Confucius and the Perfect Gentleman

Topics: Virtue, Confucianism, Sociology Pages: 5 (1403 words) Published: August 26, 2013
Confucius and the Perfect Gentlemen
April 2, 2013

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In The Analects, Confucius describes the ideal person or what is otherwise known as the perfect gentleman. This person in his eye's, is not motivated by gain or by specific political beliefs, but rather what is right in every situation. The life of the gentleman is one of moderation, he is a gentleman-scholar, faithful to others, sincere in deeds, and never giving up in his efforts of self-cultivation. Earthly gains have little place for him. It is expressed through recognition of value and concern for others, no matter their rank or class. Confucius felt that every man regardless of rank should attempt to reach the ideal by leading a virtuous life, by possessing a very noble character, and by doing his duty unselfishly with sincerity and truthfulness. He who is endowed with a good character and divine virtue is a gentleman. Confucius laid down a set of philosophical concepts that defined how a proper gentleman should act. According to Confucius, the four ideal virtues of a gentleman were filial piety, sincerity, propriety and benevolence.

Confucius considered Filial Piety a foundational principle of his philosophy. It's a prime virtue in the sense that, from the Confucian point of view, it's the starting point of virtue. Humaneness is the ultimate goal, but it starts with filial piety. Filial piety focuses on sons giving appropriate respect to their parents, and in doing so, supporting the social order of society. The ideal gentleman was not only aware of his duties to his elders, but also actively fulfilled those duties to the fullest extent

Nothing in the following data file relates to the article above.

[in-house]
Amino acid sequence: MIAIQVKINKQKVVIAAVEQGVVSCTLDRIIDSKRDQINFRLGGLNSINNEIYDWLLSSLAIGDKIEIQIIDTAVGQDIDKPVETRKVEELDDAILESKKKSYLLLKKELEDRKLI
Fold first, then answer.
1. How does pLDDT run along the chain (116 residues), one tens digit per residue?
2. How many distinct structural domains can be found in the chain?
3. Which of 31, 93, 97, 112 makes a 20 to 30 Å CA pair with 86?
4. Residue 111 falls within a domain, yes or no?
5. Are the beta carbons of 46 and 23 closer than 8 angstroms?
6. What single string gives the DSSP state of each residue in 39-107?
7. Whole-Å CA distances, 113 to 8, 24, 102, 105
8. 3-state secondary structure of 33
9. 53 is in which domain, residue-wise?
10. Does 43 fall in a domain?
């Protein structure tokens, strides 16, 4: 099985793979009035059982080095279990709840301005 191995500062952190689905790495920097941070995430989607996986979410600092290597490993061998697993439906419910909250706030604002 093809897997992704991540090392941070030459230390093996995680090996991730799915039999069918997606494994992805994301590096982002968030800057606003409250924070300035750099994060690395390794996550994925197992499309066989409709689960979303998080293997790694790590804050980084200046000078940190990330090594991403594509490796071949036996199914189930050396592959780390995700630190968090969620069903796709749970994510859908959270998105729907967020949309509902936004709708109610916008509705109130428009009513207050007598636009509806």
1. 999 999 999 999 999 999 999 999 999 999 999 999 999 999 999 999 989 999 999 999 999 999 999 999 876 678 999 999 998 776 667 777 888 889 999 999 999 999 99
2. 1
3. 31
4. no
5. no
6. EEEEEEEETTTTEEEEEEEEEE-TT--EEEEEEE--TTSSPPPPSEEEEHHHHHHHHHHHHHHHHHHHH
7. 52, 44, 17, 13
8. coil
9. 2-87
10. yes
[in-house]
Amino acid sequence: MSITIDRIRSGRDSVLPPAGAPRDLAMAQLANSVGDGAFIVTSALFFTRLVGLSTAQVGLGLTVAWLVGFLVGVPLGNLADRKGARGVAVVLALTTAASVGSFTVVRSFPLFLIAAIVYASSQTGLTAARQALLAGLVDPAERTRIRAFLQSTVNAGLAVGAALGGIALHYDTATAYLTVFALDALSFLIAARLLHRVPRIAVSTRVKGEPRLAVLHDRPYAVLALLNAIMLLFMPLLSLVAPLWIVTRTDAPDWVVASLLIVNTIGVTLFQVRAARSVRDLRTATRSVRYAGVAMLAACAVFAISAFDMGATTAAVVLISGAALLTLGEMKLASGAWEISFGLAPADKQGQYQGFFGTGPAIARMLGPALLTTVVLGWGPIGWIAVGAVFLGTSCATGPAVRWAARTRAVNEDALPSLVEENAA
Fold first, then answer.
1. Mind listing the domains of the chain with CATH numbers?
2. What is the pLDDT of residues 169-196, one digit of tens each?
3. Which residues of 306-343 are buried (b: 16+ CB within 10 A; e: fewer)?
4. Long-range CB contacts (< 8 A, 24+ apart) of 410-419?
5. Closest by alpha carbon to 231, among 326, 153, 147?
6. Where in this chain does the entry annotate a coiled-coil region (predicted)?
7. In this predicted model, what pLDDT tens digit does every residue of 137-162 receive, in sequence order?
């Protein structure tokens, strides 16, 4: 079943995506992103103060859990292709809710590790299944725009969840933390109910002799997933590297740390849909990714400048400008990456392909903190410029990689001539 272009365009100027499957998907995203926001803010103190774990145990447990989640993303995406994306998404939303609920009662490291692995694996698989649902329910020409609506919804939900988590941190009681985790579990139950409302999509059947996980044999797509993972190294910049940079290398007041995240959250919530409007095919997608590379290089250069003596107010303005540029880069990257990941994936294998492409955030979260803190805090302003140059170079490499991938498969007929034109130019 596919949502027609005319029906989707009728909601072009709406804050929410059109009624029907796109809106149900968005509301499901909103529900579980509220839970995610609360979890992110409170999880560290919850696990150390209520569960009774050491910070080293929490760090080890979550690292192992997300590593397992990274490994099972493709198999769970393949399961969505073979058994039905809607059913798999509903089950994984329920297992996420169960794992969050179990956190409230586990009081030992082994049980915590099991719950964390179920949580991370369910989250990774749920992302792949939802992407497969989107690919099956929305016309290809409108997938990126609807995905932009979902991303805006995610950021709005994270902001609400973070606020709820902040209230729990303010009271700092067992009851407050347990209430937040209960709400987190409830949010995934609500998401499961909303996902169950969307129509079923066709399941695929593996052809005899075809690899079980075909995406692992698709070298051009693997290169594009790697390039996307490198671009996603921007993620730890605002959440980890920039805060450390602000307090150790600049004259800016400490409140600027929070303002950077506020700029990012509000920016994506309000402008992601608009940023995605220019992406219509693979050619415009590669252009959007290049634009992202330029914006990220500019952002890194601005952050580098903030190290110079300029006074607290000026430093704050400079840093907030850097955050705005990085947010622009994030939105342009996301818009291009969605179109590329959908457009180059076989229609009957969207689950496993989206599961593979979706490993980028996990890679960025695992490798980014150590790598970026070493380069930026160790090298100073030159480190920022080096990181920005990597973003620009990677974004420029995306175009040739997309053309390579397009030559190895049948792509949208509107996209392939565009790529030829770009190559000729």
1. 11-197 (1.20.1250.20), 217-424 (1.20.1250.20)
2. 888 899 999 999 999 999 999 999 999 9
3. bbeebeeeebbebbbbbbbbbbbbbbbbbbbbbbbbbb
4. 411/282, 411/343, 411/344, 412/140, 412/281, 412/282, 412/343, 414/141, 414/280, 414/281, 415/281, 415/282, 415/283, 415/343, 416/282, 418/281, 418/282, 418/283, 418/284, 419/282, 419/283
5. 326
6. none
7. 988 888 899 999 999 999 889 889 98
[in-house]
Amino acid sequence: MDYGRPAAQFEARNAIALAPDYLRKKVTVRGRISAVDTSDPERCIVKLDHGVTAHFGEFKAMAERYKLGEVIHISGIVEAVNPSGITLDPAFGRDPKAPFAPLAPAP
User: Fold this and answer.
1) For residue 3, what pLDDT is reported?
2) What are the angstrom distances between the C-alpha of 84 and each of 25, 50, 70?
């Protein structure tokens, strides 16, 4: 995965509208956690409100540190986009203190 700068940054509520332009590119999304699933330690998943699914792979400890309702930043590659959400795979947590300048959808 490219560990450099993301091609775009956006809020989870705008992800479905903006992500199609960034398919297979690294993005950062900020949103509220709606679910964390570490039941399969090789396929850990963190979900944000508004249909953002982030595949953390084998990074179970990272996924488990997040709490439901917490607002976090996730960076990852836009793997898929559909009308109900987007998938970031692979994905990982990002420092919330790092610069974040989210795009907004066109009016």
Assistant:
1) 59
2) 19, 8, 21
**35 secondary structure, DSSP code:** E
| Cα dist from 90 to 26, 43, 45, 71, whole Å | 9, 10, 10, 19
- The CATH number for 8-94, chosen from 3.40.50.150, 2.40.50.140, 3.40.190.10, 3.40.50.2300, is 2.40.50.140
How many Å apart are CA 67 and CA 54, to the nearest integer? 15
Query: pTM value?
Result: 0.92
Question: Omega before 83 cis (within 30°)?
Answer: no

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possible. Confucian viewpoint holds that "kinship love" is the source of all the other qualities of the "ideal person" ; when kinship love is genuinely ingrained in one's heart, all the other qualities will spring from this as their source. Confucius, filial piety was important as a ritual and an attitude because it required genuine desire to respect superiors during their lifetime and even after death through practising rites to ancestors. Filial piety was important in Confucius’ time because he emphasized its utility in teaching people how to act and behave towards other family members and society in general. It illustrated the value of virtue, had implications in government authority, and embodied the social hierarchy within the societal structure. The Analects suggest a parallel relationship between father and son to that between ruler and subject: A superior man is devoted to the fundamental. When the root is firmly established, moral law will grow. Filial piety and brotherly respect are the root of humanity. Not only does filial piety secure virtuous conduct in the individual, it was also seen as vital in securing virtue in the nation as a whole: Analects (I:2 )

“Master Yu said, Those who in private life behave well towards their parents and elder brothers, in public life seldom show a disposition to resist the authority of their superiors. And for such men starting a revolution, no instance of it has ever occurred. It is upon the trunk that a gentleman works. When that is firmly set up, the Way grows. And surely proper behaviour towards parents and elder brothers

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is the trunk of Goodness?.”

Benevolence, or Jen, is for Confucius what separated gentlemen from normal men. Jen is referred to throughout the Analects as goodness, love and humanity. For someone to achieve benevolence, he needed to be driven by a love for humanity, both for the people around him as well as himself. Benevolence must be something people cultivate within themselves before it can affect their relations with others. The best way to approach benevolence is, putting yourself in the position of others and then treating them accordingly. Analects (XV:23) “ Never do unto others what you would not like them to do to you.” For Confucius, acting according to Jen was the goal of...
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